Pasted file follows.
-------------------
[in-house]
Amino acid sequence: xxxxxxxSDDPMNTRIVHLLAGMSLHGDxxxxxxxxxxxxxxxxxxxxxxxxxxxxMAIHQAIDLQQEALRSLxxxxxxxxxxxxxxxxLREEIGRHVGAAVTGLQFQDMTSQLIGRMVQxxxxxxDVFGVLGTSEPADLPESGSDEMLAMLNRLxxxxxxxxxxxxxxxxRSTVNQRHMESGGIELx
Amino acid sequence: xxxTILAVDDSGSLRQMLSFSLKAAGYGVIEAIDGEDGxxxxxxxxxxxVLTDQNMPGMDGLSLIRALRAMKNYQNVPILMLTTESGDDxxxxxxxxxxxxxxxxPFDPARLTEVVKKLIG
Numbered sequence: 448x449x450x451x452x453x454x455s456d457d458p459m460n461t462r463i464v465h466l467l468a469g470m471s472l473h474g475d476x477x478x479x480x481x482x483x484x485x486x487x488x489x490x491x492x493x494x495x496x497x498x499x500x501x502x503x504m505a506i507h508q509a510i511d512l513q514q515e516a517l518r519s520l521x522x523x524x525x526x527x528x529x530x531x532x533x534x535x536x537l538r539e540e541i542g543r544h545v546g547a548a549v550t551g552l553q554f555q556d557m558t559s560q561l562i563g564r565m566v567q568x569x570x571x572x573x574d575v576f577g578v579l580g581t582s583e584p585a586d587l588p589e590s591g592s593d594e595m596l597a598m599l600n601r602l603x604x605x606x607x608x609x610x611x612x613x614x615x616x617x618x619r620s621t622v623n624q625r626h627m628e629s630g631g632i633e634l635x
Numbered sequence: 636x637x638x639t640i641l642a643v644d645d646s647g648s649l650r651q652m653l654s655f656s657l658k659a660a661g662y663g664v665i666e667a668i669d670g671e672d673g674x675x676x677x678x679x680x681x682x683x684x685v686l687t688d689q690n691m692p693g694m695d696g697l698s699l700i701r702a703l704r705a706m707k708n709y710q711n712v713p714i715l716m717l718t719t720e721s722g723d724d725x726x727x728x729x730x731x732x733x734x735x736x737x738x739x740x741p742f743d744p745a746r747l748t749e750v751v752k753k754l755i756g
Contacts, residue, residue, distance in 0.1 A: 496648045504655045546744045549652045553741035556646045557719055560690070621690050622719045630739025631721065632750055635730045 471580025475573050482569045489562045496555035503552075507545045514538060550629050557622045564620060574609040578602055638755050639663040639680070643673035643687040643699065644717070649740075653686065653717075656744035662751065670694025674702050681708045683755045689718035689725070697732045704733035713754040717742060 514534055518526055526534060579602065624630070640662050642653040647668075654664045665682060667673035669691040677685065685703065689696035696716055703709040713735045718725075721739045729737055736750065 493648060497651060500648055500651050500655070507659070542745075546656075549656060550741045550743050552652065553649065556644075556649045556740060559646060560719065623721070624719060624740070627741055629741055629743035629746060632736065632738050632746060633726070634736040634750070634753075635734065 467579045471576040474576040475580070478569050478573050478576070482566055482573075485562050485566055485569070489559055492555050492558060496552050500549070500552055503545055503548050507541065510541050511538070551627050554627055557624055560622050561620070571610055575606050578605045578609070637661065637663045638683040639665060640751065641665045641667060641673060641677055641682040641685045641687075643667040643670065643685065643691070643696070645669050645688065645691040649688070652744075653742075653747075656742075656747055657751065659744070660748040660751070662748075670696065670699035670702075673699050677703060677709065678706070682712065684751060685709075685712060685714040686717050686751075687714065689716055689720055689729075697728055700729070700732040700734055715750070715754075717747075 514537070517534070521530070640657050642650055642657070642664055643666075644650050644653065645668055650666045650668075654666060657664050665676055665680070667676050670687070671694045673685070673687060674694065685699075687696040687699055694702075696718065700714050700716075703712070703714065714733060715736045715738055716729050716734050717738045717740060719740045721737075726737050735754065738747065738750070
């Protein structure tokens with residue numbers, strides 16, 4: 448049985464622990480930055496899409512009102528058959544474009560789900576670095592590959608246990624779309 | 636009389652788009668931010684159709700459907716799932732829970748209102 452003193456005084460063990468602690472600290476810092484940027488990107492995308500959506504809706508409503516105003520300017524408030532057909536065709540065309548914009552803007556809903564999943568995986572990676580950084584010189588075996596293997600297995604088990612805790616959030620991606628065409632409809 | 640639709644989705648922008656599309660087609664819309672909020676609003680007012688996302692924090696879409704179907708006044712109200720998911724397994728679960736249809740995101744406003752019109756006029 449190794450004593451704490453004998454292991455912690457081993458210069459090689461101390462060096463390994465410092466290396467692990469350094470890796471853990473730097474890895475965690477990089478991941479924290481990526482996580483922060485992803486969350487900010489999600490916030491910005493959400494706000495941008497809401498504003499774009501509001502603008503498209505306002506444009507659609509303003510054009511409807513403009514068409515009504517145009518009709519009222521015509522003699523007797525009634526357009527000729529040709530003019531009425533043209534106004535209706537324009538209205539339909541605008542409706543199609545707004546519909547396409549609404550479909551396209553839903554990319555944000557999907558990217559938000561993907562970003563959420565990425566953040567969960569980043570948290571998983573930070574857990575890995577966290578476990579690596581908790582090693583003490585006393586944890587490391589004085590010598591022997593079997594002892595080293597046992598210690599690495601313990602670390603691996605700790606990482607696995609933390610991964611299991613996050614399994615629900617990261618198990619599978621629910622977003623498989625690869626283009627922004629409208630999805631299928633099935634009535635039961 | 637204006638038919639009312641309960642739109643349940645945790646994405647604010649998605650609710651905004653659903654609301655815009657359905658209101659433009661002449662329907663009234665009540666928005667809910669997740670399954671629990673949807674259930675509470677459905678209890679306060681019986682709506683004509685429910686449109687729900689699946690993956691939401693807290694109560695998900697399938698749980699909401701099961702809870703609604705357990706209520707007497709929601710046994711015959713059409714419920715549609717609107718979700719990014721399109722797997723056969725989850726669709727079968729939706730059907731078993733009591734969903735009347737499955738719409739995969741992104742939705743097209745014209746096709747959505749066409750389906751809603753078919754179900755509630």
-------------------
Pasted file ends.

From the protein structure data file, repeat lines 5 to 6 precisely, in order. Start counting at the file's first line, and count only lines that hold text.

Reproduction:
Numbered sequence: 636x637x638x639t640i641l642a643v644d645d646s647g648s649l650r651q652m653l654s655f656s657l658k659a660a661g662y663g664v665i666e667a668i669d670g671e672d673g674x675x676x677x678x679x680x681x682x683x684x685v686l687t688d689q690n691m692p693g694m695d696g697l698s699l700i701r702a703l704r705a706m707k708n709y710q711n712v713p714i715l716m717l718t719t720e721s722g723d724d725x726x727x728x729x730x731x732x733x734x735x736x737x738x739x740x741p742f743d744p745a746r747l748t749e750v751v752k753k754l755i756g
Contacts, residue, residue, distance in 0.1 A: 496648045504655045546744045549652045553741035556646045557719055560690070621690050622719045630739025631721065632750055635730045 471580025475573050482569045489562045496555035503552075507545045514538060550629050557622045564620060574609040578602055638755050639663040639680070643673035643687040643699065644717070649740075653686065653717075656744035662751065670694025674702050681708045683755045689718035689725070697732045704733035713754040717742060 514534055518526055526534060579602065624630070640662050642653040647668075654664045665682060667673035669691040677685065685703065689696035696716055703709040713735045718725075721739045729737055736750065 493648060497651060500648055500651050500655070507659070542745075546656075549656060550741045550743050552652065553649065556644075556649045556740060559646060560719065623721070624719060624740070627741055629741055629743035629746060632736065632738050632746060633726070634736040634750070634753075635734065 467579045471576040474576040475580070478569050478573050478576070482566055482573075485562050485566055485569070489559055492555050492558060496552050500549070500552055503545055503548050507541065510541050511538070551627050554627055557624055560622050561620070571610055575606050578605045578609070637661065637663045638683040639665060640751065641665045641667060641673060641677055641682040641685045641687075643667040643670065643685065643691070643696070645669050645688065645691040649688070652744075653742075653747075656742075656747055657751065659744070660748040660751070662748075670696065670699035670702075673699050677703060677709065678706070682712065684751060685709075685712060685714040686717050686751075687714065689716055689720055689729075697728055700729070700732040700734055715750070715754075717747075 514537070517534070521530070640657050642650055642657070642664055643666075644650050644653065645668055650666045650668075654666060657664050665676055665680070667676050670687070671694045673685070673687060674694065685699075687696040687699055694702075696718065700714050700716075703712070703714065714733060715736045715738055716729050716734050717738045717740060719740045721737075726737050735754065738747065738750070